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Risk Factors for Diabetes After Stem Cell Transplantation

This study has been completed.
Sponsor:
ClinicalTrials.gov Identifier:
NCT00539851
First Posted: October 5, 2007
Last Update Posted: March 19, 2010
The safety and scientific validity of this study is the responsibility of the study sponsor and investigators. Listing a study does not mean it has been evaluated by the U.S. Federal Government. Read our disclaimer for details.
Collaborator:
Sanofi
Information provided by:
Vanderbilt University
  Purpose
This study is proposed to investigate the incidence of Post Transplant Diabetes Mellitus (PTDM) as well as associated risk factors for the development of PTDM in patients undergoing allogenic stem cell transplantation.

Condition
Diabetes Mellitus

Study Type: Observational
Study Design: Observational Model: Cohort
Time Perspective: Prospective
Official Title: Risk Factors for Developing Diabetes Mellitus After Allogenic Stem Cell Transplantation

Further study details as provided by Vanderbilt University:

Enrollment: 87
Study Start Date: November 2005
Study Completion Date: March 2010
Primary Completion Date: August 2009 (Final data collection date for primary outcome measure)
Detailed Description:

Allogenic stem cell transplantation from related or unrelated donors has been used successfully to cure patients with a variety of hematological malignancies. Graft-versus-host disease (GVHD) is an alloreactive immune phenomenon, where the activated donor T cells recognizes the recipient as being foreign and effects a cytotoxic response. GVHD occurring in the first 100 days after transplantation is termed acute GVHD and is characterized by hepatitis, dermatitis, and enteritis.

High dose corticosteroids remain one of the cornerstone therapies to treat acute GVHD. However, an association between corticosteroid therapy and the development of diabetes mellitus after solid organ transplantation has become widely recognized. Similarly, post transplant diabetes mellitus (PTDM) has been increasingly noted in the allogenic stem cell transplant population, however, to date, no systematic study has been completed to identify the incidence of PTDM and associated risk factors. We propose to investigate the incidence of PTDM as well as associated risk factors for the development of PTDM in patients undergoing allogenic stem cell transplantation.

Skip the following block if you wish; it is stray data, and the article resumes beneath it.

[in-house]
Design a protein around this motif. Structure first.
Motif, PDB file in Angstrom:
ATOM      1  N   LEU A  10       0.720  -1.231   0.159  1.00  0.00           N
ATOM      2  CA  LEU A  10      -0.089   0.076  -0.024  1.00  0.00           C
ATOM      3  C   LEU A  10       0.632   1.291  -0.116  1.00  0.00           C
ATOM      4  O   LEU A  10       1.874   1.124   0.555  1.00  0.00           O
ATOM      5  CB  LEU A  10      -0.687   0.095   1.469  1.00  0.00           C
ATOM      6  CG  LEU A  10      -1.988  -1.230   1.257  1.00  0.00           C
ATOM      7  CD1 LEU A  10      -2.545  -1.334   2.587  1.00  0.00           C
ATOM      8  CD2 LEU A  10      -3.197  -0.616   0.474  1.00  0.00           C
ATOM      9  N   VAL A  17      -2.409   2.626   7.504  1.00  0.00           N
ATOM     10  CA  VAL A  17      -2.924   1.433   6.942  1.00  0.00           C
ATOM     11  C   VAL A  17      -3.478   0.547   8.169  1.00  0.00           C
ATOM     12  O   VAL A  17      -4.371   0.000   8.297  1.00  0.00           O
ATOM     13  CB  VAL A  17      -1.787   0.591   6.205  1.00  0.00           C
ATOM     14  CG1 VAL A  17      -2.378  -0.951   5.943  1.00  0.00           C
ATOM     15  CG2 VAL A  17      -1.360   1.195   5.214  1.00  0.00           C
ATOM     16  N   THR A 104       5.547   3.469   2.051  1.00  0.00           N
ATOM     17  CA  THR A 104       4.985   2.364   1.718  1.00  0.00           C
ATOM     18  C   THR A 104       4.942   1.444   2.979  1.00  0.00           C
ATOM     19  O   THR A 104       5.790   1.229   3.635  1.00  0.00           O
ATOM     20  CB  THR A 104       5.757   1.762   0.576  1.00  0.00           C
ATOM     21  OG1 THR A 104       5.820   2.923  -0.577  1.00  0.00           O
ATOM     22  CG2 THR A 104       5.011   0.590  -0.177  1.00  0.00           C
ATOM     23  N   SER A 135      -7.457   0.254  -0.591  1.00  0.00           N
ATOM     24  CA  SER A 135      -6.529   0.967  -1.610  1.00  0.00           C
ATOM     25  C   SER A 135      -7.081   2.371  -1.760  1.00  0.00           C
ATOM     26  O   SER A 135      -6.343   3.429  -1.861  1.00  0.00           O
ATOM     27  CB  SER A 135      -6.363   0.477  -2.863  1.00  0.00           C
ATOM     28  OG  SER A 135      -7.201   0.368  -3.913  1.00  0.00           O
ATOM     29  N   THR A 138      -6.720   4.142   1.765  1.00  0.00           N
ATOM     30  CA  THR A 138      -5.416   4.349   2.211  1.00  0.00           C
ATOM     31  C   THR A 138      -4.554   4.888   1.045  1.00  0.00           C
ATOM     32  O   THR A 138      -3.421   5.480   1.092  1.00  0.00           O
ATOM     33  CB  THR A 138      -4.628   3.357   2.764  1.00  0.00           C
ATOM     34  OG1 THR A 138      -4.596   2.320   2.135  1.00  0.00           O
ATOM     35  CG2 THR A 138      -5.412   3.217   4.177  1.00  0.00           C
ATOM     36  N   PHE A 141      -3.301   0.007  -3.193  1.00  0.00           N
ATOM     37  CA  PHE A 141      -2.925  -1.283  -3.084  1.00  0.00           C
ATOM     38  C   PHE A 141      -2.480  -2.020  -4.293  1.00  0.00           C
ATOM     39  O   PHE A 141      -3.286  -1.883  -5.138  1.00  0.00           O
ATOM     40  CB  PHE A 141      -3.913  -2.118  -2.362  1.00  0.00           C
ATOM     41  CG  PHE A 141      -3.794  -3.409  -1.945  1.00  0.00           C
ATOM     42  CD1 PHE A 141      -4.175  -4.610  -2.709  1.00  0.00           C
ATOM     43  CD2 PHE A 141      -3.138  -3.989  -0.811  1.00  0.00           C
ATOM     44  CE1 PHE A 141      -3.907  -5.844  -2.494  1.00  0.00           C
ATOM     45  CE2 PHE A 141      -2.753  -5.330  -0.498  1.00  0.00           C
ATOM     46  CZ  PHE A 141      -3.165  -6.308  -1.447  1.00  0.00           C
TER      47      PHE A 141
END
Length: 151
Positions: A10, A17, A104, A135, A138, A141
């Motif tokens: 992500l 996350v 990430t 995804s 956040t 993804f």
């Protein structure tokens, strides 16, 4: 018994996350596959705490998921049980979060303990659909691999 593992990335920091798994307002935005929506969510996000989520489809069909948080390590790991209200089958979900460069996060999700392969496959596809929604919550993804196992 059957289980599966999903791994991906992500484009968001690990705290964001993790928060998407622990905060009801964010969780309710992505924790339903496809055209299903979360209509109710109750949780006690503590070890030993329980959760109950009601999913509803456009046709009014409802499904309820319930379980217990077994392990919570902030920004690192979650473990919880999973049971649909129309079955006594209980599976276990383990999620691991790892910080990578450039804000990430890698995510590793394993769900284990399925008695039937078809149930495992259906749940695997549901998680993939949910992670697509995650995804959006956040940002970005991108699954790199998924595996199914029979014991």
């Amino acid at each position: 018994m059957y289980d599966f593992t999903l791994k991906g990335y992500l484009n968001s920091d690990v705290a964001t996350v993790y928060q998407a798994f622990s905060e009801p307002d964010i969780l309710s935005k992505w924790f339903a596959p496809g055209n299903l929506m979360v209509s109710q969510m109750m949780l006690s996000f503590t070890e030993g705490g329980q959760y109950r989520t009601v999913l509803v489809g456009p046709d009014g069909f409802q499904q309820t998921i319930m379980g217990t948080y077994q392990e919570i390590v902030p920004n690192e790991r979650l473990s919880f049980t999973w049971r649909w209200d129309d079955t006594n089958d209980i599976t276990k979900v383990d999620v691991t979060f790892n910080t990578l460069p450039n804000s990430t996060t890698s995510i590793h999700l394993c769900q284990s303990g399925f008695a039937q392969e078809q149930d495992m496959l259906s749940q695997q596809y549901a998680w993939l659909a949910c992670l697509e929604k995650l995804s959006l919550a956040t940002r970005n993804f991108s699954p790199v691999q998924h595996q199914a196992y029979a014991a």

Eligibility

Information from the National Library of Medicine

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Ages Eligible for Study:   18 Years to 65 Years   (Adult)
Sexes Eligible for Study:   All
Accepts Healthy Volunteers:   No
Sampling Method:   Non-Probability Sample
Study Population
The patients will be enrolled through the Endocrinology, Hematology and Stem Cell Transplantation Clinics at Vanderbilt University Medical Center.
Criteria

Inclusion Criteria:

  • 18 - 65 years or age
  • Fulfills institutional criteria for and is scheduled to undergo an allogenic stem cell transplantation at VUMC

Exclusion Criteria:

  • Younger than 18 years or older than 65 years
  • Pre-existing diabetes mellitus
  • Positive pregnancy test
  • Unable to complete the conditioning regimen prior to stem cell transplantation
  • Unable to give informed consent
  Contacts and Locations
Information from the National Library of Medicine

To learn more about this study, you or your doctor may contact the study research staff using the contact information provided by the sponsor.

Please refer to this study by its ClinicalTrials.gov identifier (NCT number): NCT00539851


Sponsors and Collaborators
Vanderbilt University
Sanofi
Investigators
Principal Investigator: Shubhada Jagasia, MD Vanderbilt University Medical Center
  More Information

Responsible Party: Shubhada Jagasia, MD, Vanderbilt University Medical Center
ClinicalTrials.gov Identifier: NCT00539851     History of Changes
Other Study ID Numbers: #040639
First Submitted: October 4, 2007
First Posted: October 5, 2007
Last Update Posted: March 19, 2010
Last Verified: March 2010

Keywords provided by Vanderbilt University:
Allogenic Stem Cell Transplantation
Diabetes Mellitus

Additional relevant MeSH terms:
Diabetes Mellitus
Glucose Metabolism Disorders
Metabolic Diseases
Endocrine System Diseases